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    #1

    Get out of my sight!

    I am wondering about the idiom "get out of my sight." I found it in the Croatian-English dictionary, meaning to tell someone in anger to leave immediately. I haven't seen it in the books I have read until now, and neither I have seen it in English dictionaries. I am wondering if this idiom is still in use in English.

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    #2

    Re: Get out of my sight!

    It doesn't sound outdated to me.
    I am not a teacher.

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    #3

    Re: Get out of my sight!

    GoesStation,

    Could I use the above idiom like this:

    Peter asked his father if he could lend him the money to buy the newest model of iPhone. "Get out of my sight!" his father said. "You've already got one two months before."

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    #4

    Re: Get out of my sight!

    The situation would typically be a lot more heated before anyone would use this idiom.

    The father's second sentence should be You already got one two months ago.
    I am not a teacher.

  5. Moderator
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    #5

    Re: Get out of my sight!

    Quote Originally Posted by Bassim View Post
    I haven't seen it in the books I have read until now, and neither I have I seen it in English dictionaries.
    Click here.`

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    #6

    Re: Get out of my sight!

    I should have been precise and written that this idiom is not in the printed versions of the dictionaries. I have "Oxford Advanced, and Longman Dictionary, but the idiom is neither under "get" nor "sight".

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    #7

    Re: Get out of my sight!

    I wouldn't really consider it an idiom. It literally means what it says.

    Idioms have a meaning you can't usually deduce from the component words.
    Wear short sleeves! Support your right to bare arms!

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    #8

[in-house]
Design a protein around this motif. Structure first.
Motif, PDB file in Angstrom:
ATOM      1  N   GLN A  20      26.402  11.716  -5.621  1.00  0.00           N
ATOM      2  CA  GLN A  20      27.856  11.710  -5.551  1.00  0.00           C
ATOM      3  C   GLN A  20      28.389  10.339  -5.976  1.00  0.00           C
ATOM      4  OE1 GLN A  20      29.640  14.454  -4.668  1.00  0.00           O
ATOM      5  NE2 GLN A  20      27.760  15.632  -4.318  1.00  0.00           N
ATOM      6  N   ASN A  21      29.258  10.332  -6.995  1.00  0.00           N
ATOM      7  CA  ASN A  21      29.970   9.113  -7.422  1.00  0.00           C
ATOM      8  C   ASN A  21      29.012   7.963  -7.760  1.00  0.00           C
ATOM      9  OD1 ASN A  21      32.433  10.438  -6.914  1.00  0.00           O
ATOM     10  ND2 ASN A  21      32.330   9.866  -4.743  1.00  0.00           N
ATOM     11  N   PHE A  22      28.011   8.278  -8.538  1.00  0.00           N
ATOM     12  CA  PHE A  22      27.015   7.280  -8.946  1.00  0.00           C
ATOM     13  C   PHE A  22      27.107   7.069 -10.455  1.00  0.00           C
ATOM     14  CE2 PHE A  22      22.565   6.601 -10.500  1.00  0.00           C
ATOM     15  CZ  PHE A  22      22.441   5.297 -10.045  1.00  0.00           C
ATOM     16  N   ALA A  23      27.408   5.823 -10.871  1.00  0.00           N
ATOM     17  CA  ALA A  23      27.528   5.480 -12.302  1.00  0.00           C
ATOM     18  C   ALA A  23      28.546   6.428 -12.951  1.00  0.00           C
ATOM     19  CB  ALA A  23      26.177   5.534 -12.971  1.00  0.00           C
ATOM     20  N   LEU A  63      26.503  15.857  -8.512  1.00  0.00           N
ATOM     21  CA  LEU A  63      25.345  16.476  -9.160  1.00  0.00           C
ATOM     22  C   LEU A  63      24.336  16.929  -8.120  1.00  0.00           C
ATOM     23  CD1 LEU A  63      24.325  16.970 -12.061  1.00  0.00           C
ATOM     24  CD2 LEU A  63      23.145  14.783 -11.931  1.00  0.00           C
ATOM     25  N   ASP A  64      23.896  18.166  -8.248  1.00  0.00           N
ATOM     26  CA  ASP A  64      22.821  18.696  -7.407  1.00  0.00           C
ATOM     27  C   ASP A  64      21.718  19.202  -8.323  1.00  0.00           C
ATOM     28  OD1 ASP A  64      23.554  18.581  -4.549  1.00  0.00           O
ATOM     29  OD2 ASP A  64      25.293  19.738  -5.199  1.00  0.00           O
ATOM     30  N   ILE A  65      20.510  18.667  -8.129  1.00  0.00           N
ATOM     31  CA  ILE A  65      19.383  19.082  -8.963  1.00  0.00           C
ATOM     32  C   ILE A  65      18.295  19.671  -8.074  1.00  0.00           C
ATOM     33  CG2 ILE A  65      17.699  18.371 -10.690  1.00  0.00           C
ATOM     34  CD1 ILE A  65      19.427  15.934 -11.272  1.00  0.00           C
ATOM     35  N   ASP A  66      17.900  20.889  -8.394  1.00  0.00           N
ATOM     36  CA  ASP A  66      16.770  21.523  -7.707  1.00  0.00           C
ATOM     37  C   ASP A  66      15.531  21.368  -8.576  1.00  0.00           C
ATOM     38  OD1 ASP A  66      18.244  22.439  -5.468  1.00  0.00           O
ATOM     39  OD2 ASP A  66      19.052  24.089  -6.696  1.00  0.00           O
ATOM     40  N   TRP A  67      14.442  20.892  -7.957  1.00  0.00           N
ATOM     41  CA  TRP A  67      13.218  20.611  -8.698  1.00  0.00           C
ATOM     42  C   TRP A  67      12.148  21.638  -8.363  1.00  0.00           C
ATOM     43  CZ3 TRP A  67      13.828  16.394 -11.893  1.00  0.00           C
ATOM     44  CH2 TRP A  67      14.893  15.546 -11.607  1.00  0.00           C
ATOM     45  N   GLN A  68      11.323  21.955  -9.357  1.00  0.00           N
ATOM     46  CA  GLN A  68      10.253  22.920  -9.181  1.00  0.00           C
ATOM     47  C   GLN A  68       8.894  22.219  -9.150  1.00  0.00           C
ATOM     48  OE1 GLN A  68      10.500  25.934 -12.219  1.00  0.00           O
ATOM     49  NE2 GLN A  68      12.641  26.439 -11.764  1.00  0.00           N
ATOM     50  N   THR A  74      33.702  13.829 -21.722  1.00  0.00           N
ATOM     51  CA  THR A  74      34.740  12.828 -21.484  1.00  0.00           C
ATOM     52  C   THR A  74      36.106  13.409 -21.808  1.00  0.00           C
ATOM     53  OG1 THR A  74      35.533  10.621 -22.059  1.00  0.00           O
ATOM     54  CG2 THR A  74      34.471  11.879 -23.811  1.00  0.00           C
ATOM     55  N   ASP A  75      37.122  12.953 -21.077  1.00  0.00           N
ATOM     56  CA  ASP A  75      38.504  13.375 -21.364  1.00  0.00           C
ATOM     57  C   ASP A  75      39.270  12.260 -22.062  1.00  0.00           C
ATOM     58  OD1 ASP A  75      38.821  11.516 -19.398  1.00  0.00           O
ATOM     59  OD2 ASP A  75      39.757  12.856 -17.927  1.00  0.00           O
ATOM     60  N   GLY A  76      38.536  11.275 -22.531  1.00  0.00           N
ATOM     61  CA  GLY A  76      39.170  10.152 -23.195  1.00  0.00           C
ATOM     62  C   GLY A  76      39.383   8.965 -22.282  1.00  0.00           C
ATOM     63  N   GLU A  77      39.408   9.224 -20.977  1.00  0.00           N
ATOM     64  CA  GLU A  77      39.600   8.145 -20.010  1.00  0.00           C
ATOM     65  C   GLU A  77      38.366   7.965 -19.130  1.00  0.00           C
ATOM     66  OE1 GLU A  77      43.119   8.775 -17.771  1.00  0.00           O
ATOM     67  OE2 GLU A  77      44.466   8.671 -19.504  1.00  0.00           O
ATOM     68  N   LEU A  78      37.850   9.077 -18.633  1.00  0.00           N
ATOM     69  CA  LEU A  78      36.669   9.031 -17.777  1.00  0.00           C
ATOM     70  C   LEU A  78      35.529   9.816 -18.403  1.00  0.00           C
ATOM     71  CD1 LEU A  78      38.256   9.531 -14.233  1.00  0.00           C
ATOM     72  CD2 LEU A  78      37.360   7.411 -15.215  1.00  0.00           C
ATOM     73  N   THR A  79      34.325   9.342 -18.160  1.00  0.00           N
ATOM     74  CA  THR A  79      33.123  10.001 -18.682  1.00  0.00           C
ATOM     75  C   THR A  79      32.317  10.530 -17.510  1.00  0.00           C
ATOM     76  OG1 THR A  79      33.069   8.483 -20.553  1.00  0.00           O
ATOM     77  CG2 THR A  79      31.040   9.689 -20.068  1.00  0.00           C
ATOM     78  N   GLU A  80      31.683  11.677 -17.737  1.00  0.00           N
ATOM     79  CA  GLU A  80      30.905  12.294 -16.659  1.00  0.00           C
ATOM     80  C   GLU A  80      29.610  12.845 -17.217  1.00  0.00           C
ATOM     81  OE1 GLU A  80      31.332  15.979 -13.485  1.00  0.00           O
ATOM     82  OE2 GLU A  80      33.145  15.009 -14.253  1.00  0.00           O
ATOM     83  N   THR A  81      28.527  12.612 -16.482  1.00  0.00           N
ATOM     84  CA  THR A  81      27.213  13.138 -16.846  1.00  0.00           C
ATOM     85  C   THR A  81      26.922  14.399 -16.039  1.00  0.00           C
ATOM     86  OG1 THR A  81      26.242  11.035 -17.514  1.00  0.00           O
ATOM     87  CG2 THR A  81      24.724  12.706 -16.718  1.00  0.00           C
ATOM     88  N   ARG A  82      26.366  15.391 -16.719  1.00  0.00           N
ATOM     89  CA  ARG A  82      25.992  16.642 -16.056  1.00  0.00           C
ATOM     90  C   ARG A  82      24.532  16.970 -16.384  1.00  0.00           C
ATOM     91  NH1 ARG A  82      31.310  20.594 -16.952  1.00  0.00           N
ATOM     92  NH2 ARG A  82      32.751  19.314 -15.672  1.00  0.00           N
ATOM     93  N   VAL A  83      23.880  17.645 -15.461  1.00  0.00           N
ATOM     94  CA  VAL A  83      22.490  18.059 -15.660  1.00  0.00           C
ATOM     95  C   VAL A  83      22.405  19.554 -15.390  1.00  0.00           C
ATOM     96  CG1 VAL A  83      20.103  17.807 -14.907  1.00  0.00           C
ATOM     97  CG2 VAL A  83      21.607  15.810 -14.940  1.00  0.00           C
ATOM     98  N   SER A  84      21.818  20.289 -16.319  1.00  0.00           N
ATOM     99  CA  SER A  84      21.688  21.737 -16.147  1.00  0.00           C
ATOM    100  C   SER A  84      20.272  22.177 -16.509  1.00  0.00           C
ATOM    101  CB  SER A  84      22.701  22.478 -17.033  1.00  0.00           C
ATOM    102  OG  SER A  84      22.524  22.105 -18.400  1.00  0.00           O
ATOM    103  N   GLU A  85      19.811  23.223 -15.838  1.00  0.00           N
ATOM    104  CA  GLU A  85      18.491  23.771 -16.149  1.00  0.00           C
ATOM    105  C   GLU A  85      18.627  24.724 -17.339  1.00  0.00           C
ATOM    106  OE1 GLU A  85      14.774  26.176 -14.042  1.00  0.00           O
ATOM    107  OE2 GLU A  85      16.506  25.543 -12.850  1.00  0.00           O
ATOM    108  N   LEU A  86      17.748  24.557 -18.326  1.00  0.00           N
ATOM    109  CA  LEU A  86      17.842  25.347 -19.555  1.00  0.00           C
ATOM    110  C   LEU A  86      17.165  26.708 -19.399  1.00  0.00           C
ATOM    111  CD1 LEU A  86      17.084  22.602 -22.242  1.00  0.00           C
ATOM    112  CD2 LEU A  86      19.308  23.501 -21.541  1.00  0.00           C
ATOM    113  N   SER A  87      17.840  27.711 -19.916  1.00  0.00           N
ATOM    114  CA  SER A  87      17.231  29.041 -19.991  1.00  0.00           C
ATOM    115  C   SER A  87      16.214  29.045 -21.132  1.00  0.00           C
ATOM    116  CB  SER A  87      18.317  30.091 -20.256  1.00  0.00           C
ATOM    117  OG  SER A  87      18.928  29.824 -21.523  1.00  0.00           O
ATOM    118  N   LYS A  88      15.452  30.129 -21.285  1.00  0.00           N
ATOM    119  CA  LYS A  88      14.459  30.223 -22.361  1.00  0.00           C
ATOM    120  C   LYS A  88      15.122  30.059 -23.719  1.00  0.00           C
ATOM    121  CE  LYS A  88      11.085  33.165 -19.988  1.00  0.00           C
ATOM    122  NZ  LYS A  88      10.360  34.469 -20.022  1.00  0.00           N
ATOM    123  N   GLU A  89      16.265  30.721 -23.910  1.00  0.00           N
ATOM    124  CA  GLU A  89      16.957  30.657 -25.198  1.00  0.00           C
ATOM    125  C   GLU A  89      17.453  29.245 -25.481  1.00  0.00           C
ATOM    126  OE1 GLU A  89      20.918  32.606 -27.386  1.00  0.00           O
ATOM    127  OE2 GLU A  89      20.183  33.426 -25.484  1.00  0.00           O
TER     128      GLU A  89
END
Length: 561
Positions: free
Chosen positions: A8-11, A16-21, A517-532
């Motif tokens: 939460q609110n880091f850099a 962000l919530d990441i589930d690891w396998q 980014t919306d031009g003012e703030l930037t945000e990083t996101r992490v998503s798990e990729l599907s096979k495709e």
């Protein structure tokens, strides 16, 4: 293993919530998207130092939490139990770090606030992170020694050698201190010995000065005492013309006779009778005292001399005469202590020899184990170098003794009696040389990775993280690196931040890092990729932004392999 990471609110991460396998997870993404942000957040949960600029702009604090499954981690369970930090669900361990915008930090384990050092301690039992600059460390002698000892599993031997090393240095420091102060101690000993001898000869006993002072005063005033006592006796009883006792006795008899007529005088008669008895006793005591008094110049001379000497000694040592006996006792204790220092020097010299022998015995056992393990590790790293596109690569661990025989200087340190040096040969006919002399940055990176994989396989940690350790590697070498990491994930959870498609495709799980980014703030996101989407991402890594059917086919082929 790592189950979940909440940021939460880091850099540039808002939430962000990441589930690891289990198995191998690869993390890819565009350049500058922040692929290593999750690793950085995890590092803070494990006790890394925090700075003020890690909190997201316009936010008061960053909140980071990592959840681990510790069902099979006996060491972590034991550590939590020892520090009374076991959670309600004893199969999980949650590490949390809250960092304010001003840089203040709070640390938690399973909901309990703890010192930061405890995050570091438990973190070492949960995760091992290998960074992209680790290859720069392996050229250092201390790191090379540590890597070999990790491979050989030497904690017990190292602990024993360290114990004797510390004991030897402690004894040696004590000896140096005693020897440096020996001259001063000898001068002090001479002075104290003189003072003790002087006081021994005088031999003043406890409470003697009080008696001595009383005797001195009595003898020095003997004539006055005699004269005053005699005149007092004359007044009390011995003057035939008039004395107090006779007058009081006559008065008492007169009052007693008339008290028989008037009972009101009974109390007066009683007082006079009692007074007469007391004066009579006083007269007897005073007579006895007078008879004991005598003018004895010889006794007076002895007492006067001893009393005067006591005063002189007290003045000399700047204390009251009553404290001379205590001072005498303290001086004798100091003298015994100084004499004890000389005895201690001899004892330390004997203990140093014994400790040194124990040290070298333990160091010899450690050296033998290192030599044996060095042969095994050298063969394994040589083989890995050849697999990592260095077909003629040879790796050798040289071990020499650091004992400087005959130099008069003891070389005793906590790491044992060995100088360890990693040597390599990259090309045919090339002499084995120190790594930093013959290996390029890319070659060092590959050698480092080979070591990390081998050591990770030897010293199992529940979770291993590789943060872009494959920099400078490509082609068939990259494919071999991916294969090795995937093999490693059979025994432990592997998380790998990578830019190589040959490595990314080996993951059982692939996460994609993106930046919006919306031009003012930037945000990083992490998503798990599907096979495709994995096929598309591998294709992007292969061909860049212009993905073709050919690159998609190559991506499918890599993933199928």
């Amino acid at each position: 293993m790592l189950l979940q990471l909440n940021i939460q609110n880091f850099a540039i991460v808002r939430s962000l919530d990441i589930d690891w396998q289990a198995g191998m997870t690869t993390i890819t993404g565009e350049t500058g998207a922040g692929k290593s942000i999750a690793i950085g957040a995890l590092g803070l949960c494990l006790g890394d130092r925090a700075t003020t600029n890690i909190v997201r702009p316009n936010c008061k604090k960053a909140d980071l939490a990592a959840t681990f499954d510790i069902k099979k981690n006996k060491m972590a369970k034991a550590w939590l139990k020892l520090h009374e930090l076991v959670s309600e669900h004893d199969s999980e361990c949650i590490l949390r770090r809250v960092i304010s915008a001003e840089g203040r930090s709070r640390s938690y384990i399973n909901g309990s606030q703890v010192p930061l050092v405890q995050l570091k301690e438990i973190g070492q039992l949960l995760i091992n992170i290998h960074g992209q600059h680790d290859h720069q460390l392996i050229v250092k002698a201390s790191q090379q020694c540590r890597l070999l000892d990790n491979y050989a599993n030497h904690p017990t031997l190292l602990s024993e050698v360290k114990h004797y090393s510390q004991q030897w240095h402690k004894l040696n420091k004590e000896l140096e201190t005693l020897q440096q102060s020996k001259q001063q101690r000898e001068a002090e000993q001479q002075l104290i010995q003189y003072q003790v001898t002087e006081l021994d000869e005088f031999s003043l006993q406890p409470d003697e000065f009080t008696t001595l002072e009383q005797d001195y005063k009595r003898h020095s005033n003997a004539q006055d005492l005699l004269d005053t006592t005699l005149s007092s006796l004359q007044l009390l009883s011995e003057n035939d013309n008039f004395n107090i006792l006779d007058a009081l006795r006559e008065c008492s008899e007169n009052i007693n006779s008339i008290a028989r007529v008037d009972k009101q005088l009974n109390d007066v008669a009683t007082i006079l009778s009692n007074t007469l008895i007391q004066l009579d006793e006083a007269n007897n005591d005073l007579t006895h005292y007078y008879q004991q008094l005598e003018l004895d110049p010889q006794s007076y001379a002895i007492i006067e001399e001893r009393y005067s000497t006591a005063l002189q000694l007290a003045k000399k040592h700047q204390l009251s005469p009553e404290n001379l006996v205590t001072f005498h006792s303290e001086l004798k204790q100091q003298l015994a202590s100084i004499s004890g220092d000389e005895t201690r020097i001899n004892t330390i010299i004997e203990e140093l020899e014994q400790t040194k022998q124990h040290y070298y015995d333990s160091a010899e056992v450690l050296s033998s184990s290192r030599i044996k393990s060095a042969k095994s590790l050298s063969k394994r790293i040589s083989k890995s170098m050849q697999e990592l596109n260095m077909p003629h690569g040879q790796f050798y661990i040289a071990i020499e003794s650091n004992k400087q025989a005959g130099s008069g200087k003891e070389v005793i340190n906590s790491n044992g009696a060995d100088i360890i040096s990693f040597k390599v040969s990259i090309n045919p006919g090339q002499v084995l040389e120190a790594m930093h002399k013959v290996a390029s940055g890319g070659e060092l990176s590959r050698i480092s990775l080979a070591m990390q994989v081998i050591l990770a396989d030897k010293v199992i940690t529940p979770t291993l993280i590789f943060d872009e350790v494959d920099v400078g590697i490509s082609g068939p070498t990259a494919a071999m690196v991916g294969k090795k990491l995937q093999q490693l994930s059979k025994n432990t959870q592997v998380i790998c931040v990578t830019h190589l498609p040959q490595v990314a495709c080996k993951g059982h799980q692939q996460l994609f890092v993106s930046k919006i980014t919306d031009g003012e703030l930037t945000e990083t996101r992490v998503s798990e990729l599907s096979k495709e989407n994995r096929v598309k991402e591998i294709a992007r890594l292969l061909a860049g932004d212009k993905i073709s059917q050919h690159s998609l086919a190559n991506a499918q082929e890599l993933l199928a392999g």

Re: Get out of my sight!

    I'm sure the phrasal verb get out is in your dictionaries. Sight as a range of visible things should be in them too.
    I am not a teacher.

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    #9

    Re: Get out of my sight!

    GoesStation,

    Of course there is the phrasal verb "get out" in my dictionary, as well as the word "sight". But there is not "get out of my sight," probably because as Skrej wrote in his post it is not a proper idiom. "Longman" has: "Get out of the kitchen!"
    I asked in my original post about this expression just know if it sounds correct in English because I think if can be used in a dialogue when two person have a heated argument.

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    #10

    Re: Get out of my sight!

    Quote Originally Posted by Bassim View Post
    GoesStation,

    Of course there is the phrasal verb "get out" in my dictionary, as well as the word "sight". But there is not "get out of my sight," probably because as Skrej wrote in his post it is not a proper idiom. "Longman" has: "Get out of the kitchen!"
    I asked in my original post about this expression just know if it sounds correct in English because I think if can be used in a dialogue when two person have a heated argument.
    Of course, we say it all the time. You can also say "take a hike", "get lost", "beat it", "just leave", "leave me alone", to name a few.

    I am not a teacher.

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